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So, you’ve signed up for a marathon. You’re pumped, right? Or terrified. When it comes to marathon training, the emotions go up and down as much as the routes. But, as most advanced runners will tell you, the key to a great marathon is an airtight training regime. Most advice says to start your marathon training about 6 months before the race.



If you’ve never run a marathon, the training alone can seem intimidating, particularly if you’re not a runner at heart. The good news is that other types of exercise can often simulate the exertion and muscle movement of running, providing you the opportunity to do more than just run for 6 months.

Hiking is a fantastic example of a workout that can get your heart rate up and exercise the muscle you’ll need to strengthen before race day. While we wouldn’t recommend totally replacing runs with hikes while you train, there are a few ways that swapping out a training run for a long hike every week or two can really improve your training overall.

Make Hiking Part of Your Marathon Training

ground level view of hiker with trekking poles crossing a rocky river

Officially called “cross-training,” walking and hiking is back in vogue as a part of many marathon training regimes, largely thanks to what it does for your muscles.

Hiking Gives Your Muscles a Chance To Rest

Most marathon training schedules incorporate short-distance and long-distance runs on an alternating basis. With rest days scheduled in between, athletes find a comfortable rhythm in which they can prepare their bodies for a marathon without putting too much strain on their muscles.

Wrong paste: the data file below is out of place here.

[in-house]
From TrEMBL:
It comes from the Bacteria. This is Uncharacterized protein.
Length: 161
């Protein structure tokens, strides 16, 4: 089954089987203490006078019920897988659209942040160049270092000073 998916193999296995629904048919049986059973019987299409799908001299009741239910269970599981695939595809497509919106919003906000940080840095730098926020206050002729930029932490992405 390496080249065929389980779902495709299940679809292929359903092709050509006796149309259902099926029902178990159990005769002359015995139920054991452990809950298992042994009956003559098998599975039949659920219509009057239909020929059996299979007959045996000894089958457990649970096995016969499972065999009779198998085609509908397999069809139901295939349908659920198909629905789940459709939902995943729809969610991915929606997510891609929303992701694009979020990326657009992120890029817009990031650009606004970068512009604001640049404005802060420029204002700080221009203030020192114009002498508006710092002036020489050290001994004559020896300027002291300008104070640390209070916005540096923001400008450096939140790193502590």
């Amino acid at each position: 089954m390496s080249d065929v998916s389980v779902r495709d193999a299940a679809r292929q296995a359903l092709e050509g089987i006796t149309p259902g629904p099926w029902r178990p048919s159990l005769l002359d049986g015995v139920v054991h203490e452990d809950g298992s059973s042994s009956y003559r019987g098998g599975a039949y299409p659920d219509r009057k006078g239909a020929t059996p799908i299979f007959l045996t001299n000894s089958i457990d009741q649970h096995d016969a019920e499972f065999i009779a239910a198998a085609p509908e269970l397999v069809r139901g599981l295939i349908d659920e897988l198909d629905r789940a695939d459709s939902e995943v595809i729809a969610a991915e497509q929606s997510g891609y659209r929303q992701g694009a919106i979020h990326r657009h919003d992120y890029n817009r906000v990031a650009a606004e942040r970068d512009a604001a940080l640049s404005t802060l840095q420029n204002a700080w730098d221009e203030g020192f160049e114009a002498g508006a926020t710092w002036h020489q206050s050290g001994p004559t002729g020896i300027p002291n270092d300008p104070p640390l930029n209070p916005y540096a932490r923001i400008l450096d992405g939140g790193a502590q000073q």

That said, for beginners and seasoned athletes alike, training for a marathon can cause your body to get a little sluggish in the middle months. A hike or two in the middle of an intense marathon training regime can allow your running muscles the chance to slow down while still giving your body the aerobic exercise it needs to stay on top of your training schedule.

Hiking Adds Some Longevity Into Your Marathon Running Habit

Because hiking actively takes the strain off of your knees (particularly if you use hiking poles), it can also add some longevity to your running routine. Runner’s World magazine lists hiking as one of the most effective ways to alleviate your body of the aches and pains associated with repetitive running, since it keeps your muscles engaged without the pressure of running. It also works muscles that have been long ignored, which can help prevent unnecessary injury.

Hiking Can Increase Your Endurance (and Performance) on Raceday

In addition to contributing to a long, happy running life, hiking can benefit your speed, as it will almost certainly increase your power on uphills and throughout the steeper sections of marathons and other races. Trail Runner Magazine attests to the value and necessity of “power hiking” while in the midst of a race, and David Roche, an accomplished mountain runner and contributor to TRM, even claims that “[he] walked [his] way onto the U.S. Mountain Running Team” after learning to hike the steeper sections of his mountain marathons.

Particularly if you’re a trail runner, or if you’re prepping for a marathon that consists of high-altitude terrain, hiking should not be just an optional facet of your training game but a mandatory part of your weekly ritual. For more on “power hiking” form and practice, see Roche’s article on “When (and how) To Power Hike” in Trail Runner Magazine.